The big question is ‘Can you afford to allow this value to evaporate away into the atmosphere?’

Unfortunately, too many farmers either ignore, or are oblivious to, the impact these DM losses are having on both the feeding value and quantity of silage remaining in their clamps. Of all silage-making seasons this is the year to wake up and take them into consideration.

The task is, therefore, to follow precisely the best practice guidelines, which will have minimal impact on cost of production, but can significantly enhance the quantity and quality, and therefore the value, of your grass silage. 

Having said all of that, this year’s late season grass silage is likely to present some additional challenges which need further thought, and these can be summarised as follows:

• The growing season and water deficit could result in lower than usual uptake and utilisation of nitrogen from manures and fertilizer. However, when the rain comes this will be taken into the plant in the form of non-protein nitrogen. This has the double-whammy effect of reducing grass sugar levels and increasing the plant’s own ability to buffer the pH decline during silage fermentation. Together these factors increase the risk of a slower speed of fermentation significantly and, as a result, secondary, clostridial (butyric) fermentation.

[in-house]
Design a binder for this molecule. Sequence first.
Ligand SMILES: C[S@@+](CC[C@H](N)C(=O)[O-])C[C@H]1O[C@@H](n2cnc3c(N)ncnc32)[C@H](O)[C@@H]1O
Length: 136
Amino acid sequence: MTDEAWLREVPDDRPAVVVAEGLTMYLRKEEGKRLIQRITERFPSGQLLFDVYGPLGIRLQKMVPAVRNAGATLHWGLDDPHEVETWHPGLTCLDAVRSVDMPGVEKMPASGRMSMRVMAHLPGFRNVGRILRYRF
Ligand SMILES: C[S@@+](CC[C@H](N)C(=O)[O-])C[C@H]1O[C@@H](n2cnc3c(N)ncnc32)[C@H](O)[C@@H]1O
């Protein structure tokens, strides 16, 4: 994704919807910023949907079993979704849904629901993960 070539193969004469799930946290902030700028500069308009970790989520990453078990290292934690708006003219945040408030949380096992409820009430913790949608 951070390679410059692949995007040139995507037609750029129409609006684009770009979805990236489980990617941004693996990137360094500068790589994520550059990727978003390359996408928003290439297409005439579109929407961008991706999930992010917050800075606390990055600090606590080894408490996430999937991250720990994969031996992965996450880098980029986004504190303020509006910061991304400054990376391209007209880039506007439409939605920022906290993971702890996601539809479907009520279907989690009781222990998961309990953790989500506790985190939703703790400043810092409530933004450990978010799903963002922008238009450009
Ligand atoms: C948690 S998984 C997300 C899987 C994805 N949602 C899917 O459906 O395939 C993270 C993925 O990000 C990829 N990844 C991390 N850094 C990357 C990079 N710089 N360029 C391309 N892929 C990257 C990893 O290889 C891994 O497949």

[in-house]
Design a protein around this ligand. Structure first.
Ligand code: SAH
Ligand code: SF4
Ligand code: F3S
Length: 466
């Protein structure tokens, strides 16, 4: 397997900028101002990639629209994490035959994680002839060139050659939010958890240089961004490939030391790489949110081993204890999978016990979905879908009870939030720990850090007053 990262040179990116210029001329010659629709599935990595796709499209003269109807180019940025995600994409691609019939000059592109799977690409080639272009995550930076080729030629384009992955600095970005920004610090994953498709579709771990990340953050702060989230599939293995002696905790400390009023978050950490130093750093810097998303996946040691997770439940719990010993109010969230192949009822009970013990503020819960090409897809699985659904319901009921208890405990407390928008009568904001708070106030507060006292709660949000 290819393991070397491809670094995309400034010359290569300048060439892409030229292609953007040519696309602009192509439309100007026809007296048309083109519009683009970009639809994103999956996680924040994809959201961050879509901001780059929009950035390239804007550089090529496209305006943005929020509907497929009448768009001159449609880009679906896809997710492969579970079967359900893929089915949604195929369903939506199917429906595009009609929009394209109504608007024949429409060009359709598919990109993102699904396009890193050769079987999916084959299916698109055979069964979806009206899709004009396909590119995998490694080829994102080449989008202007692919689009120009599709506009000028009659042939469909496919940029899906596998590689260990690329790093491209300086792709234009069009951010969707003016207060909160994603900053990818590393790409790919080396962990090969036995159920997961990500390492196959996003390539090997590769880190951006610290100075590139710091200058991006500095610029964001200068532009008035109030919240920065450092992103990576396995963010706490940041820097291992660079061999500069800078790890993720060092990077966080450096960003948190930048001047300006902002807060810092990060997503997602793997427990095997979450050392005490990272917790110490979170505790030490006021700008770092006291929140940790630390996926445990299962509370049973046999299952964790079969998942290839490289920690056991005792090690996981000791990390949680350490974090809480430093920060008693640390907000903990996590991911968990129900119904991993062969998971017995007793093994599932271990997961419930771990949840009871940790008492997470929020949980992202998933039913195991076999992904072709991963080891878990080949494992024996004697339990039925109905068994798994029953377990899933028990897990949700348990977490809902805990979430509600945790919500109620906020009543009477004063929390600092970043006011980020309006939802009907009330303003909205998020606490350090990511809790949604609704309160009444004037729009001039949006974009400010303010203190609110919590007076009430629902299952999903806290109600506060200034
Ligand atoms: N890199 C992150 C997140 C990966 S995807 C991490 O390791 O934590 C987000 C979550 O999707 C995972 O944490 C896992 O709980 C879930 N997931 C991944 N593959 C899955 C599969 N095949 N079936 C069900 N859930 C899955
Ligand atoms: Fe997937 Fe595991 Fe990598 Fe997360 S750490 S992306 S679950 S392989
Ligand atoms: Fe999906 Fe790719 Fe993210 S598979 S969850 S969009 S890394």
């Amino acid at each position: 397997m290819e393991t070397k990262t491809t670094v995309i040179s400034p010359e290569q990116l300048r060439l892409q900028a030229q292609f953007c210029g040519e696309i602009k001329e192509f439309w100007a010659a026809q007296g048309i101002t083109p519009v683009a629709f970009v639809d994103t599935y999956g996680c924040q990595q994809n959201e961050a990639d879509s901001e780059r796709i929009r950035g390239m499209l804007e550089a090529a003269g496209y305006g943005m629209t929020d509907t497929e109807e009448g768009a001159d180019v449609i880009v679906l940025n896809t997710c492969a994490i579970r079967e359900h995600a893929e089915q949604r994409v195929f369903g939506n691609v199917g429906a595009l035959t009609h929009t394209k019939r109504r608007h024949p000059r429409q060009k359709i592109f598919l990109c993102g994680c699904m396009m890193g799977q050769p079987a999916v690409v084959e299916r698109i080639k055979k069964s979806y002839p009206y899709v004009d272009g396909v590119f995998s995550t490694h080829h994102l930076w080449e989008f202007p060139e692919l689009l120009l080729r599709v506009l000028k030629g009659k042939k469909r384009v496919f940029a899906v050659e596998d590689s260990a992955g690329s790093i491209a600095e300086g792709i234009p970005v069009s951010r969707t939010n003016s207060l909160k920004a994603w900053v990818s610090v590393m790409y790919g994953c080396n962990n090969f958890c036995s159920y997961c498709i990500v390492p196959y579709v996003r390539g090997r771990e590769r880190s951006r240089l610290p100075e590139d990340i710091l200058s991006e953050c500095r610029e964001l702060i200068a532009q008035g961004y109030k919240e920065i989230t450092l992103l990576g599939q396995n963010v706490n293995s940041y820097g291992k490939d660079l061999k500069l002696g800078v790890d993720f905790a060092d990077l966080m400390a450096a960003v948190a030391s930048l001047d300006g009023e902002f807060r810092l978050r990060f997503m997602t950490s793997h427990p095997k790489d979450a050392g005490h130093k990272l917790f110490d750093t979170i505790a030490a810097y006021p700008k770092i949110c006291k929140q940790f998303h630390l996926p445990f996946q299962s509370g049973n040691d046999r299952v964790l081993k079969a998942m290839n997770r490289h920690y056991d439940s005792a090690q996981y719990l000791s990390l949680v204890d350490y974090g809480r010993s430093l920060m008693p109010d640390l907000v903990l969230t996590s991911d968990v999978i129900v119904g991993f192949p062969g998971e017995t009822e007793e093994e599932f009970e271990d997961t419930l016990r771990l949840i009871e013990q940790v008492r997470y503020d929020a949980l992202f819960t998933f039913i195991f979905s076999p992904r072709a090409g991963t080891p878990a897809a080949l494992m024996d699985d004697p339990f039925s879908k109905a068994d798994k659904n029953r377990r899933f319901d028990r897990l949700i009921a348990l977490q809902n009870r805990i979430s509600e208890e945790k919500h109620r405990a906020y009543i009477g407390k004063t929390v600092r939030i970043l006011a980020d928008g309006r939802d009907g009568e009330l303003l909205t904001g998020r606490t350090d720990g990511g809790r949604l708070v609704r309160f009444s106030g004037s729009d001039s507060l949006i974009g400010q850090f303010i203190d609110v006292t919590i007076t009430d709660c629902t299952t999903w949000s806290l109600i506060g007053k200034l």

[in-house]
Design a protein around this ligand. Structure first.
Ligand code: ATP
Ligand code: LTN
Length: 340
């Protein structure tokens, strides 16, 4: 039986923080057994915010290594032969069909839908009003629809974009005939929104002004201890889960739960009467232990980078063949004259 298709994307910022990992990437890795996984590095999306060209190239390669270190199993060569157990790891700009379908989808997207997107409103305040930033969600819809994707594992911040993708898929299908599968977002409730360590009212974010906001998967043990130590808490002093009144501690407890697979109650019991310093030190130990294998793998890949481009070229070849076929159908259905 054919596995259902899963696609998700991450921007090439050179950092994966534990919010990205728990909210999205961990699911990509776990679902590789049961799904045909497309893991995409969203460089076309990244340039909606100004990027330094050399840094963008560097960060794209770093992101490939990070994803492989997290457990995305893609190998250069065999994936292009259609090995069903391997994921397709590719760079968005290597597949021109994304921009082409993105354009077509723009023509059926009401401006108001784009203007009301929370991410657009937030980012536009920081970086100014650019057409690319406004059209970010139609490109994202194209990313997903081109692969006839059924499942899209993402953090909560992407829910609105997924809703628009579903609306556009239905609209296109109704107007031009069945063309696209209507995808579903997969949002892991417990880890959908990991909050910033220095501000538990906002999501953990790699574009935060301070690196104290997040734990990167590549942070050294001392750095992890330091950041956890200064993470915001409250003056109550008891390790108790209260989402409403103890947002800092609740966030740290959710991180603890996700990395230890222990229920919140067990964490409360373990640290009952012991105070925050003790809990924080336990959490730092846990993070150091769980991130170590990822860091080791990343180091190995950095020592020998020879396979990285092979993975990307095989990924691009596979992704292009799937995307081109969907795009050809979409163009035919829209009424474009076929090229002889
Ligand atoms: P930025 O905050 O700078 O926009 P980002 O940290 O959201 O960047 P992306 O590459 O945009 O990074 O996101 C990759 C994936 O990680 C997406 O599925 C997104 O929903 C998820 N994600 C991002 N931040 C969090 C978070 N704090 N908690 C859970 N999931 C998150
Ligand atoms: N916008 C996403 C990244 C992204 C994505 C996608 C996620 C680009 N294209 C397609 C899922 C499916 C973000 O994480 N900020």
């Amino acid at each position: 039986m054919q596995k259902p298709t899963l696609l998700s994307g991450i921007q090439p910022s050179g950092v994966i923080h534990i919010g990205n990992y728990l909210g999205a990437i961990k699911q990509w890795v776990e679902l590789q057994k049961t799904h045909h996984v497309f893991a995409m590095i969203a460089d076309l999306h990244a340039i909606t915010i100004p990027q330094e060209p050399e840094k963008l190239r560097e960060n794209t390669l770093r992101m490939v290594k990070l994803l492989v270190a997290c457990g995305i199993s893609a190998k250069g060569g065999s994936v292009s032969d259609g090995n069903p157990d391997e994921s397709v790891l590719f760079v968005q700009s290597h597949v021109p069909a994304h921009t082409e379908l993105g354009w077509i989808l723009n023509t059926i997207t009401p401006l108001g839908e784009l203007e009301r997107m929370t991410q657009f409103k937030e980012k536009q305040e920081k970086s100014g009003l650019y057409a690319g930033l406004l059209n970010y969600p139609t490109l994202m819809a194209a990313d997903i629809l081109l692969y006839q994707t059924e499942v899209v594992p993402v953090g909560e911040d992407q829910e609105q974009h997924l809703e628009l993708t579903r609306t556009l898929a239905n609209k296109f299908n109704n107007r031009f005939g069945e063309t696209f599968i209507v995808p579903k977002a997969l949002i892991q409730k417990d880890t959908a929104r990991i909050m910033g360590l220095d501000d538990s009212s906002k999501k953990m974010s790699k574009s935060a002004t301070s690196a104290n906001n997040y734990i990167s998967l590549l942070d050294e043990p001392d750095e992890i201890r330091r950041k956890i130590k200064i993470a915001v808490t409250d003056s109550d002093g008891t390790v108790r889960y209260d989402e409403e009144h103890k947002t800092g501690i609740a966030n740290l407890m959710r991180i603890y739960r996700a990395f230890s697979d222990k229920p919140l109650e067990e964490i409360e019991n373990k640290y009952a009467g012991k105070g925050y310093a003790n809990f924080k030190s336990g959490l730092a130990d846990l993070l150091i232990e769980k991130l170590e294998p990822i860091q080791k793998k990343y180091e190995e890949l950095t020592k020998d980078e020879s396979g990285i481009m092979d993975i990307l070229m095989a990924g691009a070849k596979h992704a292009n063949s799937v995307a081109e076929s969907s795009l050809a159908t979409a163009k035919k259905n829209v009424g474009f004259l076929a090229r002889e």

• The density of the sward bases could also be poorer as grass has suffered and died with the drought conditions. Open bases in the sward are likely to increase the risks of soil contamination during harvest and this will increase the risk of clostridial contamination of the harvested grass. 

• Clostridial fermentations increase the % DM losses and have a major effect on reducing the protein quality of silage.

• Good sward management has been particularly challenging this season and so it is also likely that there is dead and dying material in the sward bases. This material reduces the nutritive value but also increases the risks of higher yeast and mould populations and mycotoxin risk.

• Finally, given the long hot summer with low levels of grass growth, the natural epiphytic lactic acid bacterial population is also likely to be low due to high levels of UV radiation reducing their numbers. Therefore, relying on a natural fermentation may be a risk not worth taking with such an important silage crop this season.

These contrasting satellite images taken in April and July 2018 show the dramatic impact of the prolonged dry, hot period of early summer weather across much of the UK.

To combat these challenges and to give yourselves a better chance of success, and to target a reduction in % DM losses, it is essential with this late cut grass harvest season that you should think about:-